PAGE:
Poverty Can Affect Size of Kids’ Brains, Study Says
(ST. LOUIS) -- A life of poverty has even more detriments than scientists and sociologists ever imagined.
A new study out of Washington University School of Medicine claims that the size of a child's brain can be affected if they grow up poor.
The study, published in JAMA Pediatrics, quotes Dr. Joan Luby as saying, "When you're living in a less stimulating environment, when you're exposed to stresses, traumas and lack of support, your brain develops in a less healthy fashion."
Luby says researchers discovered the brains of poor kids ages 6 to 12 were smaller and less developed than the brains of children living in better socioeconomic circumstances.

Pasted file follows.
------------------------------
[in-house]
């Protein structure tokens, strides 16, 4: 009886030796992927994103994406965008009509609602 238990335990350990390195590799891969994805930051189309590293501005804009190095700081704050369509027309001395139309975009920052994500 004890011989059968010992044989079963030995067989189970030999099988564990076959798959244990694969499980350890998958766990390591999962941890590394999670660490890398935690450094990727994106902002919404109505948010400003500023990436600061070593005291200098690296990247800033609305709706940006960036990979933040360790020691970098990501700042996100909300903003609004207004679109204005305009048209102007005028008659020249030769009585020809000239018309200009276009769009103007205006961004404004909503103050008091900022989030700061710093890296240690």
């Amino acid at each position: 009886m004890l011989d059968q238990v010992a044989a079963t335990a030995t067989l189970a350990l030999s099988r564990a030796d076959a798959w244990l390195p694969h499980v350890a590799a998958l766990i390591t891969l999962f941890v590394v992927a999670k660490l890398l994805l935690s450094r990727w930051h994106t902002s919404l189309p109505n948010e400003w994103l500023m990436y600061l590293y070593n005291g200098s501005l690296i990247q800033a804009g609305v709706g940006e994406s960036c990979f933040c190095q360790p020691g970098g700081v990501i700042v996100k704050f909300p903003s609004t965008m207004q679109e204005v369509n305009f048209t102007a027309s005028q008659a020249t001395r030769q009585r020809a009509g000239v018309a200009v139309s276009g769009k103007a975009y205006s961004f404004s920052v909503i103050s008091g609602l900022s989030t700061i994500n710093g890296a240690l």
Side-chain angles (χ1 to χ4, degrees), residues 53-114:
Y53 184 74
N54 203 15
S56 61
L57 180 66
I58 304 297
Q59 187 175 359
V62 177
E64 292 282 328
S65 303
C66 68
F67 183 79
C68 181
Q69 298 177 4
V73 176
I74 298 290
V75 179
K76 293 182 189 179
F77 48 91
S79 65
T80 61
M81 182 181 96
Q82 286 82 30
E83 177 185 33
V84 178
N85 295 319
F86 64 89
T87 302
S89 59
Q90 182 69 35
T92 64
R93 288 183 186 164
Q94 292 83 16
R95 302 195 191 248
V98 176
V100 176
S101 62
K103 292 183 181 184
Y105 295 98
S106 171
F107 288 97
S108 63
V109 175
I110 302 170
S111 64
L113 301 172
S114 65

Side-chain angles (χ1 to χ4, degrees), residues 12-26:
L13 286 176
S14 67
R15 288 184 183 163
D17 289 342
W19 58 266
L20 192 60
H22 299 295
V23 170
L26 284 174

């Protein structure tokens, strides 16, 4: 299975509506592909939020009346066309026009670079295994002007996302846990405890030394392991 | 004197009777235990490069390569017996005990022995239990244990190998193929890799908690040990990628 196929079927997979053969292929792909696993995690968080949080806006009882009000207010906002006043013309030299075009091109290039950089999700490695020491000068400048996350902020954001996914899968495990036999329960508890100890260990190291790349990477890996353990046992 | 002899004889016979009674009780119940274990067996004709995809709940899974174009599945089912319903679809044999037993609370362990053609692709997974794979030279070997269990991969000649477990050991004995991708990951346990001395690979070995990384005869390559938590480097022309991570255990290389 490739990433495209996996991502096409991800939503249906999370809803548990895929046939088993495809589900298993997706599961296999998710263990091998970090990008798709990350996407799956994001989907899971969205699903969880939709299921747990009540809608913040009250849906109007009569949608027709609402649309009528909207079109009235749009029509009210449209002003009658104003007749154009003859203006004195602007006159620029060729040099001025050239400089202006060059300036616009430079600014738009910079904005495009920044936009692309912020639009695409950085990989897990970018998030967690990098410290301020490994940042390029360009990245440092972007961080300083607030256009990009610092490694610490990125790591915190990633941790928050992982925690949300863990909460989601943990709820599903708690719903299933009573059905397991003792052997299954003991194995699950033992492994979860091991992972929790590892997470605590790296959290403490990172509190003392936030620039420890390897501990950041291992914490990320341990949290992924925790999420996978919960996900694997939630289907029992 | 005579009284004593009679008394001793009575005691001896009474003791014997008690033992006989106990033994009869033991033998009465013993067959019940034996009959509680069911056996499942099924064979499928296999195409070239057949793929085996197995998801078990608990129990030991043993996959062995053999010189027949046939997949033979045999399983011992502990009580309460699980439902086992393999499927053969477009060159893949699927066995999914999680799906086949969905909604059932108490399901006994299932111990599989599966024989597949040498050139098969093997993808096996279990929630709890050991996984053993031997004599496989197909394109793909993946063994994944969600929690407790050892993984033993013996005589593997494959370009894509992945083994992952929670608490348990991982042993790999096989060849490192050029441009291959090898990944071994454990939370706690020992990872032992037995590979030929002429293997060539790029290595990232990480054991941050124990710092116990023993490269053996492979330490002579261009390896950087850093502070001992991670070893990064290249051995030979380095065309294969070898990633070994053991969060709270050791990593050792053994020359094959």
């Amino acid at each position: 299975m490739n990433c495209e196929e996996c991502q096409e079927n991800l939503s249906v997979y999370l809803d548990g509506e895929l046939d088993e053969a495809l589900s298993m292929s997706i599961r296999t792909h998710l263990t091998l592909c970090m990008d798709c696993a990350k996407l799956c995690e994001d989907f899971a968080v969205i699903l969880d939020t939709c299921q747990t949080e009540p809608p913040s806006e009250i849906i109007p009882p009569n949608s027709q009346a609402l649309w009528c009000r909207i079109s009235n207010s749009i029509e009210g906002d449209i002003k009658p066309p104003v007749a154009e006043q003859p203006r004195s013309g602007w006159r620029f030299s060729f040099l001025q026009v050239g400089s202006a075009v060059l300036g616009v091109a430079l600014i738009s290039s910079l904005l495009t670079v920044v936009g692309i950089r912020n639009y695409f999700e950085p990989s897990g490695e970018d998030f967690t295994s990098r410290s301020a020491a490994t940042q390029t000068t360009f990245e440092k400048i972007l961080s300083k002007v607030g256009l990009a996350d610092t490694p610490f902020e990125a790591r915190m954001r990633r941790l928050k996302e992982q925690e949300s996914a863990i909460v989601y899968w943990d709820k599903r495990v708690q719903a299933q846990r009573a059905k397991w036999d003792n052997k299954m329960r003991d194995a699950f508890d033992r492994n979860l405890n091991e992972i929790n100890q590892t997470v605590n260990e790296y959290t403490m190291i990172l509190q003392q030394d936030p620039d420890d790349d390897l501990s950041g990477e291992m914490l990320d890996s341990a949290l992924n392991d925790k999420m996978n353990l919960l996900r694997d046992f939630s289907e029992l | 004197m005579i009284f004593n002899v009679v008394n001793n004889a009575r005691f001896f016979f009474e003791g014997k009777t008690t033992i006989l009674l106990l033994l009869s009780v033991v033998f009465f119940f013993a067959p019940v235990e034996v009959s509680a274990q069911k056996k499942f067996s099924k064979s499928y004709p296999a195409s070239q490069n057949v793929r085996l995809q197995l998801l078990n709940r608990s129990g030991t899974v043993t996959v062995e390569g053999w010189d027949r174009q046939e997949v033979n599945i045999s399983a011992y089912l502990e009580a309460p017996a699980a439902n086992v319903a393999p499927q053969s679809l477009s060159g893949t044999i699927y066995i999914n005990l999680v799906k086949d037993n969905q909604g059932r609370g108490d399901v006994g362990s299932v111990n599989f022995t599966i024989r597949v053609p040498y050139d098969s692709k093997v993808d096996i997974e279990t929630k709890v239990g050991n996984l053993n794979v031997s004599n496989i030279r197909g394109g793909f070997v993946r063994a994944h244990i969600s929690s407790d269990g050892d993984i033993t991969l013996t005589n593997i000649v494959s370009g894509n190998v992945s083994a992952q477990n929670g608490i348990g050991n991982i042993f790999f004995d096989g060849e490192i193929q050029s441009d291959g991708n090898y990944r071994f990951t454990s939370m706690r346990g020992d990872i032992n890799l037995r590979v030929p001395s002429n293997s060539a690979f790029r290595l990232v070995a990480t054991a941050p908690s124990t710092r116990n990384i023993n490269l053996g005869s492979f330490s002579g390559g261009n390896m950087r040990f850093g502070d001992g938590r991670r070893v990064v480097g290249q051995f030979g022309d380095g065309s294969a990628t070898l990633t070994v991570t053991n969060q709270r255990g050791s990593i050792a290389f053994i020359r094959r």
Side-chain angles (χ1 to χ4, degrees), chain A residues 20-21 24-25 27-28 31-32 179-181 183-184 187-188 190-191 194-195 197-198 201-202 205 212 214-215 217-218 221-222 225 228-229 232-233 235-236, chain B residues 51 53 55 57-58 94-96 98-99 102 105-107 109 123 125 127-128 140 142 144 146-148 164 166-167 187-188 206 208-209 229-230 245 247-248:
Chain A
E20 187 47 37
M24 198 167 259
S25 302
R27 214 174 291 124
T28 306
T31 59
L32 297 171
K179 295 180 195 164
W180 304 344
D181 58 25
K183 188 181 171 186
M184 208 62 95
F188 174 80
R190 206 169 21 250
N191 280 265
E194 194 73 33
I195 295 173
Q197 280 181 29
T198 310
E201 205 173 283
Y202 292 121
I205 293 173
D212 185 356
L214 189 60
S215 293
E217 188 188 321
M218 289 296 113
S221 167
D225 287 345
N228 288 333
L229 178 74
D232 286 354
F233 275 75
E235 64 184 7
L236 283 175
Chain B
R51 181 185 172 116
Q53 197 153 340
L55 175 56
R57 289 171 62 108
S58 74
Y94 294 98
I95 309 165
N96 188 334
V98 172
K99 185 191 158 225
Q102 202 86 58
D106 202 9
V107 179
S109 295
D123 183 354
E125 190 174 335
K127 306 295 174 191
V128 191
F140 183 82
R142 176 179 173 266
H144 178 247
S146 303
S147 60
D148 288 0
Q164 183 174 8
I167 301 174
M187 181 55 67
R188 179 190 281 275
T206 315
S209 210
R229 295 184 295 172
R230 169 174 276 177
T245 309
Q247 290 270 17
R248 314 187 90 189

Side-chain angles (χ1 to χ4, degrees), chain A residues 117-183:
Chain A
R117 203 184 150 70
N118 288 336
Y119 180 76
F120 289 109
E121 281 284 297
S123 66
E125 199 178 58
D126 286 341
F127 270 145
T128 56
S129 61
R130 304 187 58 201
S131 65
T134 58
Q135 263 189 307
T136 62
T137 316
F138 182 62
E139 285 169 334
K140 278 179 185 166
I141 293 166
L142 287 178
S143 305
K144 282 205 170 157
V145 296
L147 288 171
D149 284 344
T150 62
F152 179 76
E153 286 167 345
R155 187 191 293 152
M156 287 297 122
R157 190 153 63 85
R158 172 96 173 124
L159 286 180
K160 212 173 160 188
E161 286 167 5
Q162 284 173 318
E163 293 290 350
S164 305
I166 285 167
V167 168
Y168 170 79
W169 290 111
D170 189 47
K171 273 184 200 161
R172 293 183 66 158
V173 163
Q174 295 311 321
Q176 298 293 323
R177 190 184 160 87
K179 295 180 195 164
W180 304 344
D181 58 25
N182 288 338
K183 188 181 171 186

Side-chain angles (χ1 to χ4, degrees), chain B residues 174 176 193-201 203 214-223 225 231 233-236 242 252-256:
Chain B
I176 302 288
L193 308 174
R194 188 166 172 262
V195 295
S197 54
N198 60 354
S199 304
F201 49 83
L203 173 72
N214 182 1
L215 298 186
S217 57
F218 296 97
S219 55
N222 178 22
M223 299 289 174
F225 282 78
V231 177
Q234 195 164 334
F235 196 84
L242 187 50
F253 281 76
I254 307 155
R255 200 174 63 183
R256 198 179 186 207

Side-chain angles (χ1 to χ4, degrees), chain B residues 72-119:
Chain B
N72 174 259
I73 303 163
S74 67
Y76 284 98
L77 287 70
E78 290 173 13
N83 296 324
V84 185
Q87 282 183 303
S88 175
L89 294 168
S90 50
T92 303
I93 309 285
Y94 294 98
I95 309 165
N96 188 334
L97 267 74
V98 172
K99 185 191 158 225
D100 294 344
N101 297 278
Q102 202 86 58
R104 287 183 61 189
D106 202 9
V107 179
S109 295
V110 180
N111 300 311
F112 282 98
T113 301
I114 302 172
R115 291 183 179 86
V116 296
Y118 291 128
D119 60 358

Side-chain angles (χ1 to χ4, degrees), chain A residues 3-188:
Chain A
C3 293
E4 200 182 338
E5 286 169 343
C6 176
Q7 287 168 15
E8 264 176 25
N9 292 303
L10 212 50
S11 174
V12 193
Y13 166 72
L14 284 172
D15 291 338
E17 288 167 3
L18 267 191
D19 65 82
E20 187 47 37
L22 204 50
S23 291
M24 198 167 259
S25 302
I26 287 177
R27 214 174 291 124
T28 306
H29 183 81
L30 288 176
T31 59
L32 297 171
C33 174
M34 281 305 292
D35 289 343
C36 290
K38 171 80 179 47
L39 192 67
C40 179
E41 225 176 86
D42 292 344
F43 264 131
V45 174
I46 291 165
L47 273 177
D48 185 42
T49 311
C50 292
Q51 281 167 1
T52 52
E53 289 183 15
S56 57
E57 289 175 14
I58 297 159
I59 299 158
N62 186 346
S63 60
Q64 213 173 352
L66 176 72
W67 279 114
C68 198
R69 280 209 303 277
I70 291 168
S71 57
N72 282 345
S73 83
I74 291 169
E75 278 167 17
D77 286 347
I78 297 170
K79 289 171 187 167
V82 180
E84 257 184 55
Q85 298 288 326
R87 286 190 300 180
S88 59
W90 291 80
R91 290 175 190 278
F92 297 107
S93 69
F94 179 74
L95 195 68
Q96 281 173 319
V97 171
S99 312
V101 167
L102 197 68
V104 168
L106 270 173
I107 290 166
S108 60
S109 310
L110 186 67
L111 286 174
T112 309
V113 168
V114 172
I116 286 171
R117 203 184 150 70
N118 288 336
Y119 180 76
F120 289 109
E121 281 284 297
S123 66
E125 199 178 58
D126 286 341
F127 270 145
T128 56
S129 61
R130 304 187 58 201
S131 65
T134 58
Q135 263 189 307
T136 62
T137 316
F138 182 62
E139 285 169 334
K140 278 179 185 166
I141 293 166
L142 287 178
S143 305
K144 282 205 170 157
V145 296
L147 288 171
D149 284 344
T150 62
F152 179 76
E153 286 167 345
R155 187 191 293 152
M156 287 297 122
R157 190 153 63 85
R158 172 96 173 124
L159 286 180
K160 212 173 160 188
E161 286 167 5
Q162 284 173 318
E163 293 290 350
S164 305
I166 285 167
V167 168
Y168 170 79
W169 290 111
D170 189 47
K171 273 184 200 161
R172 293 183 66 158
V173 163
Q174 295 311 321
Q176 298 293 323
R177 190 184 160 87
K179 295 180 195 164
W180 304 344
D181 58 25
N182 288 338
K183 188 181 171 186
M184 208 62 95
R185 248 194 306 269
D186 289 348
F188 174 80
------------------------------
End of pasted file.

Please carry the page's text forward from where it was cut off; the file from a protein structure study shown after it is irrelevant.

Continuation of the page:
But instead of throwing money at the problem to make things right, Luby contends there's a faster way to help kids in need.
According to the study, poor kids who had good, supportive parents showed better brain development over time.
Luby added, "Parenting support should be our next target to prevent poor developmental outcomes for children exposed to these adversities."
Copyright 2013 ABC News Radio